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Feature

Letter from Goa

30 Mar 2024 4 minute read

Image by Ben WildsmithBen Wildsmith

At the phone shop in Chaudi our taxi driver, Vincent, is making sure we get a SIM card. It’s the second one he’s taken us to and the refusal of the first has chafed at him.

Half-serious, he smiles at the guy in his ‘Jio Mobile’ T-shirt.

‘They get these good jobs with Jio,’ he teases, ‘and they are up here. Meanwhile us poor people are ringing them up with problems and they are not answering the phone.’

The Jio guy grins and enters his own Indian ID number on the computer, thus fooling the system and allowing us our SIM.

Tooting is life

Outside at the main crossroads, scooters converge on the junction in a cacophony of tooting. Approaching a bend? Toot your horn to warn oncoming traffic. Passing a cow? Toot at it.

Displeased with the road positioning of a vehicle? You’d better know that’s getting a toot. See someone you know? Repeated toots. Toot, toot, toot until there is nothing but toot.

Tooting is life.

Image by Ben Wildsmith

Parathas for breakfast

On the beach at Patnem, we potter about in reverie. Between the bath-warm water and the coconut palms, I feel uncomfortable at first, an unsightly speck on paradise.

I lumber about, consciously avoiding ectomorphic Western yoga students and cleaving towards happy, splish-splashing Indian families who, like me, prefer parathas for breakfast.

If you enjoy detox smoothies and superfood salads, you’ll find plenty of places for them, but the old charge that Goa isn’t the ‘real India’ is out of date.

Real India is doing better economically nowadays and at weekends the beaches throng with people from all over the country, flying into the new Manohar airport and expecting food and customs to suit them.

Your beach hut might be run by someone from Punjab, your chef might be Nepali.

Image by Ben Wildsmith

Where spices grow

Away from the beaches, though, on the back roads where spices grow, water buffalo bellow, and monkeys chatter, it’s still Goa.

In the roadside taverns you can have your fish reachardo fried with kismoor (dried prawns), sukkah clams and a bowl of digestive solkhadi to wash it down.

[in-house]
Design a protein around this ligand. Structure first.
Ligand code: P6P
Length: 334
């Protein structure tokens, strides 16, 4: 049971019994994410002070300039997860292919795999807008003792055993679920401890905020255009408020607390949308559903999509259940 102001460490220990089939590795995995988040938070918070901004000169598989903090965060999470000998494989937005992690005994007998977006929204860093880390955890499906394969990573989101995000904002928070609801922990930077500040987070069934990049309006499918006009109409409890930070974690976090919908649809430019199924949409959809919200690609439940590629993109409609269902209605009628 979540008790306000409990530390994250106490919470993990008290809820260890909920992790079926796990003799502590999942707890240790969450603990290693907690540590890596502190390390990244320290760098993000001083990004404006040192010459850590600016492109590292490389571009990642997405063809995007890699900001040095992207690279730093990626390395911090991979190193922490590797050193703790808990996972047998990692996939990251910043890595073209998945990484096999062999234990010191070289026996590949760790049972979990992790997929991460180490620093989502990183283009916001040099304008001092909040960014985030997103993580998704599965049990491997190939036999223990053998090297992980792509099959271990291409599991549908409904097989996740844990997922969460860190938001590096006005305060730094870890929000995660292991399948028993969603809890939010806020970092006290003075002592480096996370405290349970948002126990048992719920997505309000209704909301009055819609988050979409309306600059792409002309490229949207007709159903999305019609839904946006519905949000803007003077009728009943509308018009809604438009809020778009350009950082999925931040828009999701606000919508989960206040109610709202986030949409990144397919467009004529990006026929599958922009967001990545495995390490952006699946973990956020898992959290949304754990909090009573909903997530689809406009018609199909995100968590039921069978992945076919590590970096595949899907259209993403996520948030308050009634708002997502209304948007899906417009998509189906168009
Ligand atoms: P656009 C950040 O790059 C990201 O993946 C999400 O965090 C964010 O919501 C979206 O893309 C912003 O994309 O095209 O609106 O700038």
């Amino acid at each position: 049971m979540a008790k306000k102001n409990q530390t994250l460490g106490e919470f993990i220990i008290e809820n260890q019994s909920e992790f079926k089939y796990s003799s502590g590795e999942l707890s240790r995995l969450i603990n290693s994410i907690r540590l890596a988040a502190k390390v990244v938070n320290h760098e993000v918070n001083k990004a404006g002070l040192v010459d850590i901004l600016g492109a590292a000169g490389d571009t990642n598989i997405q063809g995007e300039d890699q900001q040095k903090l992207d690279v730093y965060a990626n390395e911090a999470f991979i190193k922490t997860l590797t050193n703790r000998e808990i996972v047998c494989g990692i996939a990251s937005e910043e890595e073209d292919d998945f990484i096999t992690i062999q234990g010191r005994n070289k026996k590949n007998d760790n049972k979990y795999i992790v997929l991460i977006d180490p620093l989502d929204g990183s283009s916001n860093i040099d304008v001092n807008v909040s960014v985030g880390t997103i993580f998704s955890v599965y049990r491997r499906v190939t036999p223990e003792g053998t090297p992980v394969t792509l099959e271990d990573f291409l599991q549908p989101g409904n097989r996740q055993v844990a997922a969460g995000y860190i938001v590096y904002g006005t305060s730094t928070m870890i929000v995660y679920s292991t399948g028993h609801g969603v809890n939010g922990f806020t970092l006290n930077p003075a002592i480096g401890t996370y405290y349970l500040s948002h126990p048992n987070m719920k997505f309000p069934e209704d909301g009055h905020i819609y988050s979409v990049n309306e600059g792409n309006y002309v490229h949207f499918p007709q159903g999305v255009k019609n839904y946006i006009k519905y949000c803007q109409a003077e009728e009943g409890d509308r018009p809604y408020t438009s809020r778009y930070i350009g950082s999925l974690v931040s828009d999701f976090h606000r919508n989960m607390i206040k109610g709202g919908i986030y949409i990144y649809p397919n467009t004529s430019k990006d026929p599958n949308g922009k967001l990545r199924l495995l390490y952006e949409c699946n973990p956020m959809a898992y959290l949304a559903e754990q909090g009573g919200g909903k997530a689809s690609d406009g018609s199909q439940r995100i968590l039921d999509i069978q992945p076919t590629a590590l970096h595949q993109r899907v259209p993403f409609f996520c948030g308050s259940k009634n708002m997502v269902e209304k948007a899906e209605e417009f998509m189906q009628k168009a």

At night, this time of year, you need air conditioning, or at least a fan. The temperature only drops by a couple of degrees from its midday height of 33 to 35 degrees and humidity makes it feel hotter still.

Escorting a god

Alstid, who owns the little group of huts we are staying at, warns us that we’ll be without electricity for four hours this evening between 10pm and 2am.

‘The government of Canacona is shutting it off so that everyone stays indoors tonight.’

A god, which appears as a ball of light, is making its way down the Canacona highway towards Agonda this evening and it is imperative that everybody be off the roads whilst the police escort it on its biannual journey.

‘Have you seen it, Alstid?’

‘No, I’m not sure it exists, but friends of mine say they have. Apparently, it travels at knee height. If the police catch you out, they will knock you off the road.’

Image by Ben Wildsmith

At distant Talpona beach, the next day, we watch as two Italian women are ordered out of the water by lifeguards.

They have been pulled towards the rocks by a riptide.

Image by Ben Wildsmith

Gratitude

We walk up the beach to the jetty where a gentleman makes his living taking people across the river to Rajbagh beach, from where you can walk back to Patnem.

The sun begins to set as he poles his boat towards the shore, and everything sinks into the caramel luminescence that marks the end of every day in this blessed place.

I’m lost in gratitude for what I’m experiencing.

Image by Ben Wildsmith

God knows what awaits at home. My work phone will be clocking up messages concerning this disaster, that catastrophe, or the other tragedy.

It sits there in the Rhondda, on my desk like a reproach, pinging away belligerently.

Walking up Rajbagh, I watch the fragile sandpipers rushing forwards as a wave recedes, hoping to snatch up bugs.

They run on thread-thin legs, poking at the sand urgently until forced back by the returning wave.

Sometimes the tide brings them something, mostly it doesn’t.


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Rob Pountney
Rob Pountney
12 days ago

Tooting is life.“…
I knew far too many PPL who made that mistake back in the day…

David RJ Lloyd
David RJ Lloyd
11 days ago

so tooting is it? we were in kerala recently & had a driver who we renamed tutankhamun (tooting car man!!). he was lovely but drove us mad pardon the pun

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